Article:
In our work with organizations across sectors and industries, we often see the need to highlight the critical distinction between strategic planning and strategy making. Along similar lines, a company’s strategy development process can often become unduly influenced by the latest disruptive planning tool (e.g., technology-driven simulations, data analytics, and/or other promised enhancements), which, if not held in check, can end up stifling rather than stimulating the identification and debate of real strategic options.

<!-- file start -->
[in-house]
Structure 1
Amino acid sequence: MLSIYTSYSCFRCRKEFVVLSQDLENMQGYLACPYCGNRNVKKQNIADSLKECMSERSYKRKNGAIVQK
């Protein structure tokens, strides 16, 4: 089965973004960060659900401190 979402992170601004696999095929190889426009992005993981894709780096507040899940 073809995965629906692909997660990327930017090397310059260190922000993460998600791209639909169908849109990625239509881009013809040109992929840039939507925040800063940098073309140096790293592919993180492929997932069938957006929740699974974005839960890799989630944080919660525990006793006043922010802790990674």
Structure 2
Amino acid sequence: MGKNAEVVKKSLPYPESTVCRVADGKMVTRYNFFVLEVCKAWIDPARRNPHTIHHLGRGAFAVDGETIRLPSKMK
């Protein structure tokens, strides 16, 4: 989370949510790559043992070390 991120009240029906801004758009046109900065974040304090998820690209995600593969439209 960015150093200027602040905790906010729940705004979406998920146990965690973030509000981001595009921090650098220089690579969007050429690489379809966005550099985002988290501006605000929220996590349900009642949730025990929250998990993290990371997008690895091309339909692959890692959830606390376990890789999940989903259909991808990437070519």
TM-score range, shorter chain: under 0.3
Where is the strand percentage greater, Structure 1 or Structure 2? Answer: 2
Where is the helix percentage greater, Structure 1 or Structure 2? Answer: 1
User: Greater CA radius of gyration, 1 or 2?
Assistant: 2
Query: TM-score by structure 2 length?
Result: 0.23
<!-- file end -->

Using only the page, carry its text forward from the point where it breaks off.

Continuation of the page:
We know that effective planning processes must tap into the voices and experiences of influencers at all levels of the business, whose unique perspectives can be helpfully mined to inform strategy development efforts. This work is equally important to support implementation, as many strategy efforts fail without the thoughtful alignment and engagement of those who will be integral in their execution. Involving key leaders (informal and formal) in making the strategy greatly improves the chances of effective implementation.
Above all, what must be avoided in a strategic planning process is for the focus and energy to shift away from the actions to be taken and by whom to the document or planning process itself.
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